5. Provide clear expectations.

Whether your document approval process involves two or 10 people, each one should know exactly what they’re supposed to do when it’s their turn to take action. “Awareness is key here. Each person—creator, editor, reviewer, or whatever the role—should know their contribution to the process,” says Harry Gallagher, CFO of Life Part 2.

Is the person adding new material? Are they reviewing for cohesiveness or technical accuracy? Whatever the case, the person should be aware of what and how they’re meant to add value to ensure the process goes smoothly and the final product is complete.

6. Assign alternate reviewers.

Jessica Kats, ecommerce and retail expert at Honest Brand Reviews, recommends designating secondary reviewers for times when primary reviewers are either out of office or are otherwise unavailable. While this may not be applicable for every approval workflow—consider legal documents that require the corporate attorney’s review—many workflows can avoid delays by having more than one person who can sign off on a document.

“Sometimes I don’t have time to review every document, so I’ve designated a specific team to whom I can assign as a reviewer in my stead,” Kats explains. “This helps immensely in optimising document approval workflows. Since they already have the skill set needed to review and approve—in this case editing—I can depend on them wholeheartedly.”

7. Automate the document approval workflow.

“The best way to optimise the workflow for document approval is to automate it,” says Gagnon. “You should use a solution where all involved parties can not only eliminate more mundane parts of the workflow, but easily connect and discuss what’s being reviewed and approved if needed. This solution will enable everyone involved to visualise the workflow and collaborate effectively to produce the best product.”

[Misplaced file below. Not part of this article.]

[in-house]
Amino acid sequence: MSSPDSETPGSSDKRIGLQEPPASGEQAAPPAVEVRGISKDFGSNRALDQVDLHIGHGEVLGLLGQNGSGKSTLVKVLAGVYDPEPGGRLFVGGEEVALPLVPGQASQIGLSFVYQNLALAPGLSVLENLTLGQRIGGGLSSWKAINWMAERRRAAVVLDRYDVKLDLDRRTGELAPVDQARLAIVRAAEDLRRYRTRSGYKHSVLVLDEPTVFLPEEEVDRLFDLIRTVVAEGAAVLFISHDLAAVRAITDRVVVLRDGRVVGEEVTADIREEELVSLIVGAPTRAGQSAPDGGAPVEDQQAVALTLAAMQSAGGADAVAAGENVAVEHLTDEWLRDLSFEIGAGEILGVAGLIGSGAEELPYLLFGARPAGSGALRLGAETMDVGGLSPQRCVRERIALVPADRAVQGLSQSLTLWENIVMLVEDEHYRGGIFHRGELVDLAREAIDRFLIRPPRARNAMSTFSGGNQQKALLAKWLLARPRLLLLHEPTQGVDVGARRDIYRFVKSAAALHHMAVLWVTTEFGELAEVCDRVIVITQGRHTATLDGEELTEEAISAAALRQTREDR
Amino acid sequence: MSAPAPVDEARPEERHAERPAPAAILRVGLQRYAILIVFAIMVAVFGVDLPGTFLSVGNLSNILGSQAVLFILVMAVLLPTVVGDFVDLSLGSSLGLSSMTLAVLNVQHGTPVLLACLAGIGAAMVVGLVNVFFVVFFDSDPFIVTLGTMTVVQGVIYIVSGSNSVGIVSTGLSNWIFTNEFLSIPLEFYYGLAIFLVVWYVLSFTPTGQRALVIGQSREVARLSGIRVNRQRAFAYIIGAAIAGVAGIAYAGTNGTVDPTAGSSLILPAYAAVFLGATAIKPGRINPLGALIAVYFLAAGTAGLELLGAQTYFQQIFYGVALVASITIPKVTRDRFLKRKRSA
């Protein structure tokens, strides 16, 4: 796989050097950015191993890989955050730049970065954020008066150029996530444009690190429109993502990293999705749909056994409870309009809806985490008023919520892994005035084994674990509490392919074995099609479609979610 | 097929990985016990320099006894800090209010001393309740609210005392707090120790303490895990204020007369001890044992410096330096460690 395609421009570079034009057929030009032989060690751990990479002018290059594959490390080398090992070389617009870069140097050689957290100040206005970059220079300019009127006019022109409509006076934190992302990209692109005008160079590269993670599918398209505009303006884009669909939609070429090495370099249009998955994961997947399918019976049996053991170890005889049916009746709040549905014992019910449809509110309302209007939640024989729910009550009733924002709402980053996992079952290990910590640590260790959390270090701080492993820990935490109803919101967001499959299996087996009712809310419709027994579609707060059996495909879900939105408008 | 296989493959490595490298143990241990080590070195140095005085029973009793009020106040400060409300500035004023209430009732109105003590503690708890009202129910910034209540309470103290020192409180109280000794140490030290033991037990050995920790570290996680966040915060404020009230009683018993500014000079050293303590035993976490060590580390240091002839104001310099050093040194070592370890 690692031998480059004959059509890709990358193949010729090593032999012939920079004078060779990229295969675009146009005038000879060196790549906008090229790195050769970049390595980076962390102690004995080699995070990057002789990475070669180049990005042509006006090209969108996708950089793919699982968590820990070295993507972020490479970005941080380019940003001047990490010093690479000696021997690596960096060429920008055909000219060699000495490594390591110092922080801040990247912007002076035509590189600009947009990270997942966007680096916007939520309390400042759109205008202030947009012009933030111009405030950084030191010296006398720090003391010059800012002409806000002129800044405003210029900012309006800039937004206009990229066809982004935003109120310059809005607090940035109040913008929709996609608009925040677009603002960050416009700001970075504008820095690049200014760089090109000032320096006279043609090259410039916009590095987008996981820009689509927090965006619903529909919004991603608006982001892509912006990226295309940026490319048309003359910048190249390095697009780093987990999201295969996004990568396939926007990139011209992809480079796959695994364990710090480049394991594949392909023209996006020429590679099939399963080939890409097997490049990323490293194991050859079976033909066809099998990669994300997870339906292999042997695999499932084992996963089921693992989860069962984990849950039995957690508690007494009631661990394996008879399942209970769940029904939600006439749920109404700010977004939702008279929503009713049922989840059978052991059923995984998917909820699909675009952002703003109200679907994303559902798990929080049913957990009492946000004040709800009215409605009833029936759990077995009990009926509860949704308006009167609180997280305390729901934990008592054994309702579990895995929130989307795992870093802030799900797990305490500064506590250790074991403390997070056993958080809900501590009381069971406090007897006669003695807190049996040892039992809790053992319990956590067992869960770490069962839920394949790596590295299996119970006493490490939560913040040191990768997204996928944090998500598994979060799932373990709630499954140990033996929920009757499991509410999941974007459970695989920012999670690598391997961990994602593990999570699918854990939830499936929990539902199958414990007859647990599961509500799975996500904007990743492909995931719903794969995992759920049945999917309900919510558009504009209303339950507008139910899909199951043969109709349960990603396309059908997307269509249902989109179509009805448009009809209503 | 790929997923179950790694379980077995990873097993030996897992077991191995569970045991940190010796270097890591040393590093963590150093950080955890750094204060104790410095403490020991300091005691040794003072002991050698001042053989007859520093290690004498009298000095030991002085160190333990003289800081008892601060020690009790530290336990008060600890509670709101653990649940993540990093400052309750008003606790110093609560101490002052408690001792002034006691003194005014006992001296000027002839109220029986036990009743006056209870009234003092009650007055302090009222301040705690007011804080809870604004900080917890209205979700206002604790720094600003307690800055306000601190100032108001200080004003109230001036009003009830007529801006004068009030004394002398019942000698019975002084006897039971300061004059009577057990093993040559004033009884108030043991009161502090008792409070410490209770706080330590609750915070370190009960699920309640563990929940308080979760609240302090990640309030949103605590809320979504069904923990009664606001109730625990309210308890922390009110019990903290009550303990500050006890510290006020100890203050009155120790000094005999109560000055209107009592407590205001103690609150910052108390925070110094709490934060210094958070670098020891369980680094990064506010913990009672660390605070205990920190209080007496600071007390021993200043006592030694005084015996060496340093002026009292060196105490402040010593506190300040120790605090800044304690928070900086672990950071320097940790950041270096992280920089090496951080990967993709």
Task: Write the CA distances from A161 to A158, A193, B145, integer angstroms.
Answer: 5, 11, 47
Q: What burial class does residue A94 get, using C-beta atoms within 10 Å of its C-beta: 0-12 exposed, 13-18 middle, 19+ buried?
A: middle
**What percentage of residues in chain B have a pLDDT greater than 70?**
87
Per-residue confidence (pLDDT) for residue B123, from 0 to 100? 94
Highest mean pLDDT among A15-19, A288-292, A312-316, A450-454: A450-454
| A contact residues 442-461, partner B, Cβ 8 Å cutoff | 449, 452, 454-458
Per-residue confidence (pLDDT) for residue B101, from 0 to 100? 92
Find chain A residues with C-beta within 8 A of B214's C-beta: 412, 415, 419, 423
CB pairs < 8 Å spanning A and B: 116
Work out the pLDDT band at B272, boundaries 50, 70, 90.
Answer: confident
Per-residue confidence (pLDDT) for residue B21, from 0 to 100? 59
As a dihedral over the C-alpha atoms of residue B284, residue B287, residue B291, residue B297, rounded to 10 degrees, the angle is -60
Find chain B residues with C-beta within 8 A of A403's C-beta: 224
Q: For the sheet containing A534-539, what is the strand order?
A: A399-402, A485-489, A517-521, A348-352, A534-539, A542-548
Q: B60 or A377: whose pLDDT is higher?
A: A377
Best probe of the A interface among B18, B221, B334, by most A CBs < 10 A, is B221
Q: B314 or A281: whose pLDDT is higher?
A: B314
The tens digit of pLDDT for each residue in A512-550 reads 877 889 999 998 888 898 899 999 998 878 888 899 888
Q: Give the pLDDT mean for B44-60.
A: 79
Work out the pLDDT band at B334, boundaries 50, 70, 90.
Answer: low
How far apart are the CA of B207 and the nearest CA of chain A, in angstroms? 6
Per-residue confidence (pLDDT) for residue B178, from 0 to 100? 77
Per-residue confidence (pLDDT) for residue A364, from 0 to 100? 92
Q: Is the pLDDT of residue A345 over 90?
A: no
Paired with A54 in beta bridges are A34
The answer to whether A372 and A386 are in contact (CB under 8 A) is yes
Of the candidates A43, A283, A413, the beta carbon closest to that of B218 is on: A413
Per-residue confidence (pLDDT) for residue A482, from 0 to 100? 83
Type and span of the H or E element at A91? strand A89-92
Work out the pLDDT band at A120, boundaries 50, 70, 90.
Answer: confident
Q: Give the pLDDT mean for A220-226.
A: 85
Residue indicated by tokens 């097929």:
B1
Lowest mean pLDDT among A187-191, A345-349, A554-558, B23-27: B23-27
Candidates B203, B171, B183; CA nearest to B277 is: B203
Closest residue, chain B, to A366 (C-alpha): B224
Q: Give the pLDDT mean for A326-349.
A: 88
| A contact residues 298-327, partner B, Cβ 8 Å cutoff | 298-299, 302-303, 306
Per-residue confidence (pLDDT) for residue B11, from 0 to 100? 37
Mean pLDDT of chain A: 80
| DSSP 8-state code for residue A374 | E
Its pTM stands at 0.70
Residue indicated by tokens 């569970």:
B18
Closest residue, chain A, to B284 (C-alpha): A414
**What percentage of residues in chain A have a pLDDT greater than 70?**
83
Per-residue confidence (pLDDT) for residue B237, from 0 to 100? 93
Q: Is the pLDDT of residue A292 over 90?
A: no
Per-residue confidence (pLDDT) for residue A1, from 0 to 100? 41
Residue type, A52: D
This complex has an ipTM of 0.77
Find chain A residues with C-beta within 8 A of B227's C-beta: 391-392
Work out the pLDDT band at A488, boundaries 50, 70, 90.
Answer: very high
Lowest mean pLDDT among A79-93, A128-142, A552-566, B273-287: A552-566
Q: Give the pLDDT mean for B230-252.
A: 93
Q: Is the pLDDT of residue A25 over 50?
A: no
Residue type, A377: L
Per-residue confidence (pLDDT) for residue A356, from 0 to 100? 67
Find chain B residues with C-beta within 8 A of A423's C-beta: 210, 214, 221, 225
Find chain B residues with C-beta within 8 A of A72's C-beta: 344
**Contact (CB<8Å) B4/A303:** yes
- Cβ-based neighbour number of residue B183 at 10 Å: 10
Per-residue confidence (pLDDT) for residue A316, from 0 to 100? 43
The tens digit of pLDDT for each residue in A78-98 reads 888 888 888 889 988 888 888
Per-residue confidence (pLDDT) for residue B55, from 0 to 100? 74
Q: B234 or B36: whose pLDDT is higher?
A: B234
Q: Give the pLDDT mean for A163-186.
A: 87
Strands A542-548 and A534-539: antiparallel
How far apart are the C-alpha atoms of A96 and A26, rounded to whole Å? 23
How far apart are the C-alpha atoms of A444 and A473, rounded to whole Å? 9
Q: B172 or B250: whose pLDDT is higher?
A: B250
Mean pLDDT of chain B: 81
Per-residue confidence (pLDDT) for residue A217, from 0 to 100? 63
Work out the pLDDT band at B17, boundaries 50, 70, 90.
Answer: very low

Speaking of approval workflow automation, Glasscubes has entered the chat.

Glasscubes is more than a workflow enabler—it’s robust document approval software that also enables your teams to effectively collaborate so that your entire organisation is able to stay connected internally and externally.

Approval workflows require collecting the right information, and then sharing that information with the right people in a timely manner. You can do that with Glasscubes’ online forms and automated workflow feature. This feature ensures your team spends less time tracking down information, and more time making use of it.

Document approval workflow

With Glasscubes, you can also:

  • Store and share files in a secure location, complete with automatic version control. You can even create approval workflows and view clear audit trails of user actions.
  • Assign and manage tasks for different members of the team, and track them to completion.
  • Create customised workspaces for each project team in your portfolio. Team members can share resources and communicate with one another in their specific workspace, and you can access them all for easy oversight.

Want to see how other companies are using Glasscubes to improve their approval workflows while seamlessly collaborating with employees, clients, suppliers, and more? Check out these case studies.


About this author: Craig Hyslop

Craig leads the Glasscubes Customer Success Department, and with over 30 years experience in the field, helping companies achieve maximum success with collaborative technology.